Smaller African nations should embrace AfCFTA, says ECA

ES.CairoSmaller African economies should embrace the African Continental Free Trade Agreement (AfCFTA) for the benefits of an expanded intra-African trade, said Vera Songwe, executive secretary of Economic Commission for Africa (ECA)

“Beyond central technical considerations in relation to the design of AfCFTA modalities, ECA’s assessment reveals that smaller economies should certainly not fear the AfCFTA reforms but rather embrace it; particularly, as African LDCs would be those getting the largest increase in intra-African exports of industrial products,” she said.

She continued, “Our analysis shows that the AfCFTA is win-win for all countries, big and small, agricultural and industrial, landlocked and coastal, in regard to both increases in exports and overall welfare or GDP.”

Songwe said that the ECA is strongly committed to continuing supporting AU member States towards the successful realisation of the AfCFTA.

The ECA is currently assisting member States with the development and implementation of much needed national AfCFTA strategies, to ensure they can best benefit from the reforms.

“A strong emphasis must be placed on education and skills development in Africa to ensure that the adequate workforce is available, especially in industrial sectors, to transform the trade opportunities envisaged from the AfCFTA into reality,” she said, adding the role of the private sector to harness trade for Africa’s development must not be overlooked in the process.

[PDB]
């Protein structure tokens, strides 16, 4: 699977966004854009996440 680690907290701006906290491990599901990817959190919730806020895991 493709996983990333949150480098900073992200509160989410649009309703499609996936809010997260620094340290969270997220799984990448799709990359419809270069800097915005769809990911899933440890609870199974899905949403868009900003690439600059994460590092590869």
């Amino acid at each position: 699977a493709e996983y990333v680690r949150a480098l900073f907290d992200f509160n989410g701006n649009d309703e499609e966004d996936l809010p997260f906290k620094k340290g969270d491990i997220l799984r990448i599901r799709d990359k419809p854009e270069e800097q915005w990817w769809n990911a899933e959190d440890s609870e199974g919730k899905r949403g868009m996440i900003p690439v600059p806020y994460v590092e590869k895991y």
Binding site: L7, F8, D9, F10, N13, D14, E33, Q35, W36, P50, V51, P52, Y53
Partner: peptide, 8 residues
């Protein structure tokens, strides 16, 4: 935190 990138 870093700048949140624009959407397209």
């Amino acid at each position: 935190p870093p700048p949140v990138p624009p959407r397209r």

“It is the private sector that trades, innovates and generates most jobs. Each member State must by now have in place an AFCFTA national implementation committee as recommended by the AU Summit that includes private sector participation,” said Songwe.

In order to assist AU member States to address these issues, ECA recently developed a toolkit suggesting several options or criteria come up with lists of excluded, sensitive and non-sensitive products. The institution also undertook an empirical analysis to assess the expected incidence on African economies of the different suggested options according to the two envisaged liberalisation approaches, which is the tariff line approach with double qualification approach.

The trade ministers, in their AfCFTA negotiations, have already agreed to liberalise 90 per cent of tariff lines. As regards the remaining 10 per cent, the current proposal before the ministers of seven per cent of tariff lines to be designated as sensitive products, and three per cent as excluded products representing not more than 10 per cent value, is being hailed by the ECA as a good compromise.

“It shows meaningful liberalisation given concentration of intra-Africa exports under a few tariff lines,” noted Songwe.

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